Referring to FIG. 2, recesses 11 and 12 are formed in the upper and lower inside surfaces of a film passage mouth or a film passageway 6 so as to attach light-trapping members 7 and 8. The inner portions of the recesses 11 and 12 are cut diagonally and deeply to form inclined surfaces 11a and 12a. The light-trapping members 7a and 8 are partially attached to the inclined surfaces 11a and 12a at areas 13 and 14 by an ultrasonic welding process. The inner ends of the light-trapping members 7 and 8 are thus spaced apart from each other so as to facilitate the entrance of the leading end 4a of the photographic film 4 between the light-trapping members 7a and 8 when the spool 15 is rotated in an unwinding direction. The length between the upper and lower inside surfaces of the film passage mouth 6 is, e.g., 2.0 mm.

The friction of the light-trapping members against the surfaces of the photographic film and the compressibility or flexibility of the light-trapping members influence greatly the force necessary for the initial advancement of the leading end 4a of the film 4 out of the cassette shell 2. In order to facilitate the initial film advancement, it is preferable to limit the frictional coefficients to 0.25 or less. The compressibility can be expressed by a difference DT between thicknesses T1 and T2 of the light-trapping members 7 and 8 measured by applying different loads. T1 represents the thickness of the light-trapping members 7 and 8 when a load of 100 g/cm2 is applied to each and T2 is the thickness of those when a load of 20 g/cm2 is applied thereto. It is preferable that the difference DT (T2 -T1) satisfies the equation 0.6 mm<DT<4.0 mm.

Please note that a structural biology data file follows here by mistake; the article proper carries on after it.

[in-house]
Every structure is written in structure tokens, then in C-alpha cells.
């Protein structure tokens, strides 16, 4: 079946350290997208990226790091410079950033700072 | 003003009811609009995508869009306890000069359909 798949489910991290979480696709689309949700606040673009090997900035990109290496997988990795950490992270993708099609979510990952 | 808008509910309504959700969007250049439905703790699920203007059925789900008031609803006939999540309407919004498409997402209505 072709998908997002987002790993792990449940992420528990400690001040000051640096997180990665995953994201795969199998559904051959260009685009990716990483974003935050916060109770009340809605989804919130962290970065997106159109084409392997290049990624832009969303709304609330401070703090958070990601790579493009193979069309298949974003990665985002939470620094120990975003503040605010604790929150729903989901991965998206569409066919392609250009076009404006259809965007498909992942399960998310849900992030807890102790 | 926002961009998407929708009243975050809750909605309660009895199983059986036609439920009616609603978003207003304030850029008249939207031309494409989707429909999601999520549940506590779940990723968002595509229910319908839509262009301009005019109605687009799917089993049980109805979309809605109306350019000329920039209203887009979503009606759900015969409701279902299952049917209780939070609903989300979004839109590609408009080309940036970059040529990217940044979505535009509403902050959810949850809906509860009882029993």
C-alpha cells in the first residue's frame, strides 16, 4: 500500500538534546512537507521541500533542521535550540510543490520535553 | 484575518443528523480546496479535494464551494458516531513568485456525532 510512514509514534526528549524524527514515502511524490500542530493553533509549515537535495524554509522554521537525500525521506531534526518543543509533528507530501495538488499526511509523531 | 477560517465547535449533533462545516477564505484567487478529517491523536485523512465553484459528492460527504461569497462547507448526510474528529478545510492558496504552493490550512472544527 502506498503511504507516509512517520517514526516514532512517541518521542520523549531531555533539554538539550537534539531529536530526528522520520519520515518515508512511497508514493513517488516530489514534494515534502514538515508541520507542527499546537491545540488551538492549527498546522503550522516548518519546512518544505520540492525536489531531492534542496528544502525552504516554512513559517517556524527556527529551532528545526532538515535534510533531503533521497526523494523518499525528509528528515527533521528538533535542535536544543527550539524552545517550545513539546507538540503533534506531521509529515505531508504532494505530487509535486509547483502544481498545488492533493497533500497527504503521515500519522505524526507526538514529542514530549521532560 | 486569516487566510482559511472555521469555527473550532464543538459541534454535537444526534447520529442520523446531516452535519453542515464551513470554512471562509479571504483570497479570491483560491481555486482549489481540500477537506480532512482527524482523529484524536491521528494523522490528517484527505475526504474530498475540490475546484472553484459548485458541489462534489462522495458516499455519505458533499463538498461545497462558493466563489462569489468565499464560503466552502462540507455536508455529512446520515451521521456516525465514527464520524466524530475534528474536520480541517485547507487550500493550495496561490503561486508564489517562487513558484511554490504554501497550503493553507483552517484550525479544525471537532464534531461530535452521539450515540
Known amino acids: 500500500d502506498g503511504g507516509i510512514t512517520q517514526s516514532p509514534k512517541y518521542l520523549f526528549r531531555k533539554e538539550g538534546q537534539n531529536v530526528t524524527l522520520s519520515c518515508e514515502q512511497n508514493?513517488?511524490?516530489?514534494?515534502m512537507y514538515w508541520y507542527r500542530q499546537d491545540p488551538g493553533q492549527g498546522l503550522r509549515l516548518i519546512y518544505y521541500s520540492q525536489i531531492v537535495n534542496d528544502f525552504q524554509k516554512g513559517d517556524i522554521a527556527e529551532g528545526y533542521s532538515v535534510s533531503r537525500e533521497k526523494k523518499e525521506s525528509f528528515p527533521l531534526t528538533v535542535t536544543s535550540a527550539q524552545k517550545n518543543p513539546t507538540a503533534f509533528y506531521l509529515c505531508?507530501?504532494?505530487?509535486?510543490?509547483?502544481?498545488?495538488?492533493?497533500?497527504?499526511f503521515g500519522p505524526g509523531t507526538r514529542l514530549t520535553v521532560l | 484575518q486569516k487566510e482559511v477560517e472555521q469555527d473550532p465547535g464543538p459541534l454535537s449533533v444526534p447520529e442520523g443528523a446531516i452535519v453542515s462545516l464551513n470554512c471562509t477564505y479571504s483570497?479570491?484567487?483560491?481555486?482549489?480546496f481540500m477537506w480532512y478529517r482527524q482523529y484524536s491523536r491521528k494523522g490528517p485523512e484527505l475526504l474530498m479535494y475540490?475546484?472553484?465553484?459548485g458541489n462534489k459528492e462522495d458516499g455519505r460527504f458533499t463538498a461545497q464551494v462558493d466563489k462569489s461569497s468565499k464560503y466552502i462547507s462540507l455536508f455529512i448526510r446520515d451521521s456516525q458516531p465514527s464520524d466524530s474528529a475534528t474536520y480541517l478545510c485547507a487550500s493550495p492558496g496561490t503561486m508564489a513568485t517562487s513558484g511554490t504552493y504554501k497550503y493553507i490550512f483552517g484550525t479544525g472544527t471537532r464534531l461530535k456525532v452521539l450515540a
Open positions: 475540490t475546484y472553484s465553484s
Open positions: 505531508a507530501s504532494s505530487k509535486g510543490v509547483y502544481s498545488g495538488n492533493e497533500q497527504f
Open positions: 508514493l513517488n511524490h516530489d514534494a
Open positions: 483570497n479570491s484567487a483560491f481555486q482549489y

The light-trapping members 7 and 8 consist of sheets with fluffs as facing layers and flexible or compressible materials as base layers. If it is possible to maintain the above-mentioned limit of the coefficients of friction, a material for the sheets can be selected from among woven and knitted fabrics of synthetic fiber such as nylon, polyester and acrylic, regenerated fiber such as rayon, cupro and natural fiber such as cotton, silk and sheep wool; non-woven fabrics; synthetic leathers; fluffy materials; flocked material and films. It is desirable that the synthetic fiber is of an antistatic type or is subjected to an antistatic treatment.